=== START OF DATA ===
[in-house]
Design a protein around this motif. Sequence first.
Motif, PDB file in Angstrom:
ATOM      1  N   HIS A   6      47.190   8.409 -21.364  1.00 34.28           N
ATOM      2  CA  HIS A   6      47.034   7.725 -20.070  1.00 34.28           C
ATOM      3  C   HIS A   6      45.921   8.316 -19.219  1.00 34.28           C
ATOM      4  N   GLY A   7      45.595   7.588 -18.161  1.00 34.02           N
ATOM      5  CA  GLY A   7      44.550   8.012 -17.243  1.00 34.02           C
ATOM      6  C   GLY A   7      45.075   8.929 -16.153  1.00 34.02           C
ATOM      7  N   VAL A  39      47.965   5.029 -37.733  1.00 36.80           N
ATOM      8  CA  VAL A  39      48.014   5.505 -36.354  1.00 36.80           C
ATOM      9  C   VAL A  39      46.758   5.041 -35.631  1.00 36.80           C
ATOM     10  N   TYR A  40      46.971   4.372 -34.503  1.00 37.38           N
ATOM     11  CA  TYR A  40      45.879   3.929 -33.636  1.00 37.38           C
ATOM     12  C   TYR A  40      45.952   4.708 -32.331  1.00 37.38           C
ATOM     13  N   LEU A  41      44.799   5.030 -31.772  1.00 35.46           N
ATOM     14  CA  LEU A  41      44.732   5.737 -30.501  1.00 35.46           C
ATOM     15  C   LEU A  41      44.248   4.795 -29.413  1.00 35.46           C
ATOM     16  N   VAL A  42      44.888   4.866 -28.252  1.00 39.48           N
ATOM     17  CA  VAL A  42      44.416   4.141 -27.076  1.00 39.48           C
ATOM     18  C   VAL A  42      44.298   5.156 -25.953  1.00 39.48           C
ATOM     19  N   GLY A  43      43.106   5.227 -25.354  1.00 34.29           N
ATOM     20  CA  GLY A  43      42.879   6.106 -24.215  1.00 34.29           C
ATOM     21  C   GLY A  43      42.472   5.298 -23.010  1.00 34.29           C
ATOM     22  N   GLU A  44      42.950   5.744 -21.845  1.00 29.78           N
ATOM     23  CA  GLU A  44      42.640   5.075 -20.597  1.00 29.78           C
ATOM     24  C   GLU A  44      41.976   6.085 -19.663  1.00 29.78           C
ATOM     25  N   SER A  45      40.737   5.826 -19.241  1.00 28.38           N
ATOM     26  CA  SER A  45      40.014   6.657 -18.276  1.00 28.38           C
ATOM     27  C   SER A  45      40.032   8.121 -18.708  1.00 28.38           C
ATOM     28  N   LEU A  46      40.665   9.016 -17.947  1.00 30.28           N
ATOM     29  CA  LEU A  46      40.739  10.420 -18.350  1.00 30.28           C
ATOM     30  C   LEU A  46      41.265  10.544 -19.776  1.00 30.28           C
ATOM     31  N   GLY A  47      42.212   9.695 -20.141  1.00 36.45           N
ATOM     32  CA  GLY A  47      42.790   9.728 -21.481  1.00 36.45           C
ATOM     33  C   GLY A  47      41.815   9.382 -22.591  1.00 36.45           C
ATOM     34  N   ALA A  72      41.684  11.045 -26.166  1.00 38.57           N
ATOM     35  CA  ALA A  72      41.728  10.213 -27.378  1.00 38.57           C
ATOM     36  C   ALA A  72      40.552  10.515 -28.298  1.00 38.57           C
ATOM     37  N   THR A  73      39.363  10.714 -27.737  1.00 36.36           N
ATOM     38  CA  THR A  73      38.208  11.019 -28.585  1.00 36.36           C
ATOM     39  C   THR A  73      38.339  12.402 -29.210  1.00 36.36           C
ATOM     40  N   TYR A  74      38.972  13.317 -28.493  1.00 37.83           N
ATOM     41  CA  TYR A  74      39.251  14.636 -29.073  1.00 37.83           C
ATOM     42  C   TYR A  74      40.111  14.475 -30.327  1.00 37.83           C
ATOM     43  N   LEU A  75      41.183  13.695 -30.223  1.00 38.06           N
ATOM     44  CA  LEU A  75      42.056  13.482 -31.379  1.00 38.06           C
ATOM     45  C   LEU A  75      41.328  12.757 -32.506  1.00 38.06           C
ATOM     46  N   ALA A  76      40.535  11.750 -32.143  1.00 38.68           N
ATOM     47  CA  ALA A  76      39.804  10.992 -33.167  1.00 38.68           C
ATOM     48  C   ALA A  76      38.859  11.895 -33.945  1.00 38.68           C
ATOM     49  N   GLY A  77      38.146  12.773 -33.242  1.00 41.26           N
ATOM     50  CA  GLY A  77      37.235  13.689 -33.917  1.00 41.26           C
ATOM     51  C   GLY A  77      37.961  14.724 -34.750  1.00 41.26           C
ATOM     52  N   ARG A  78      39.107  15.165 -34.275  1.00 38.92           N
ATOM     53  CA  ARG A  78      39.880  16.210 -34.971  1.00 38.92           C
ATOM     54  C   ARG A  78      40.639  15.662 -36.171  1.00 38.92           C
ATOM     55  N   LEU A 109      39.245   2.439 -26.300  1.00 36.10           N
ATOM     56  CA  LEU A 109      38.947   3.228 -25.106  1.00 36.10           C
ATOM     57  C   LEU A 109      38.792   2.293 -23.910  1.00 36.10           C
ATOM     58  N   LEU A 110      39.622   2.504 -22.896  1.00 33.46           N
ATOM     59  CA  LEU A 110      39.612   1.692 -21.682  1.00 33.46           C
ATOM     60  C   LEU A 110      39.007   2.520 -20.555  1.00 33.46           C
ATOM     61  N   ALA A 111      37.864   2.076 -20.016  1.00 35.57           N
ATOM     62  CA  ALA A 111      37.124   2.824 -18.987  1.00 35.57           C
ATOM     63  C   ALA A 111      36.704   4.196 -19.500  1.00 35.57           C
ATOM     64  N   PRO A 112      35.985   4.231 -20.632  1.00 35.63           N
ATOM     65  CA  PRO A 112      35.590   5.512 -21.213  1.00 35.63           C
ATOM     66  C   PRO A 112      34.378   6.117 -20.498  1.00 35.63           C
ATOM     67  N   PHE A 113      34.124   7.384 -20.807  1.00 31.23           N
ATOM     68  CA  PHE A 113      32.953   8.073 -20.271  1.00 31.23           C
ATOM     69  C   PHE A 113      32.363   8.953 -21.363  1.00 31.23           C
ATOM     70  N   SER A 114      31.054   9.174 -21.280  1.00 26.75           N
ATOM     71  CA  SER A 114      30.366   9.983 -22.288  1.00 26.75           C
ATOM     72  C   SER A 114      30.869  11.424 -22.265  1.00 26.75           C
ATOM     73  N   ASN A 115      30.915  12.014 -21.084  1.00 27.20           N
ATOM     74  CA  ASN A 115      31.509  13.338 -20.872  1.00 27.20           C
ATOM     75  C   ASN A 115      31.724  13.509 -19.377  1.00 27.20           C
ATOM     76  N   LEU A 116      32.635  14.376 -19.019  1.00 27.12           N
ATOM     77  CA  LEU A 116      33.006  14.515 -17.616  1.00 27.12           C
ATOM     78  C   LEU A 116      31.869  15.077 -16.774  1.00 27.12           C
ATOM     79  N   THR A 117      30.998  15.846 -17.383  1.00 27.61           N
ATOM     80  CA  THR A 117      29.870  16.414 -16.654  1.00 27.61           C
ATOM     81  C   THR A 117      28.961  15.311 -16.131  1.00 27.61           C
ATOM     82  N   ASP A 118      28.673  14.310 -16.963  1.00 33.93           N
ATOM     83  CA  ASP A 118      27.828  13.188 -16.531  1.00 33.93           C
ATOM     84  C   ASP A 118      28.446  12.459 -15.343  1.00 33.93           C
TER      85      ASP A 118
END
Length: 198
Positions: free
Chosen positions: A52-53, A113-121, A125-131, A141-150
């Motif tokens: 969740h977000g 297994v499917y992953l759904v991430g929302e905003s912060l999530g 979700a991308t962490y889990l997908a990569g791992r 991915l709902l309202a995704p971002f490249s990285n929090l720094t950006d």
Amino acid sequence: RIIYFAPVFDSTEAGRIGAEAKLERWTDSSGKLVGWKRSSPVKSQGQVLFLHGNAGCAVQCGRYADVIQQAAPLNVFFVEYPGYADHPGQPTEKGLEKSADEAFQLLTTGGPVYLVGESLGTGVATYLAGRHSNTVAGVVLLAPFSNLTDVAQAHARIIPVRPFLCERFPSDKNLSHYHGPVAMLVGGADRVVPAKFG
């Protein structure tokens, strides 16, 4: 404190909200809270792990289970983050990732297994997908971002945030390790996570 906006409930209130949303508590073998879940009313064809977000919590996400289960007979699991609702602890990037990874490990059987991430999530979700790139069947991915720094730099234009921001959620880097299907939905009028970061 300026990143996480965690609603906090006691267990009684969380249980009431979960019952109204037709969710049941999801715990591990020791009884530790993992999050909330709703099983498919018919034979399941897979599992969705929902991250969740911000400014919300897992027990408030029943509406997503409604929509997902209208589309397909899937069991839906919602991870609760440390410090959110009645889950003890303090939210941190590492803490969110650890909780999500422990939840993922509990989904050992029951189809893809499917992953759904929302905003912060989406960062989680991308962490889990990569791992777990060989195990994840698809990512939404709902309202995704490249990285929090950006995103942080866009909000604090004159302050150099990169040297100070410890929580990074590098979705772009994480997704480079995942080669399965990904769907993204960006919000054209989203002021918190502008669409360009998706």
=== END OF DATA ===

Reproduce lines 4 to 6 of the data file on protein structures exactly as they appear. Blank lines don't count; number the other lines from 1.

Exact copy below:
ATOM      1  N   HIS A   6      47.190   8.409 -21.364  1.00 34.28           N
ATOM      2  CA  HIS A   6      47.034   7.725 -20.070  1.00 34.28           C
ATOM      3  C   HIS A   6      45.921   8.316 -19.219  1.00 34.28           C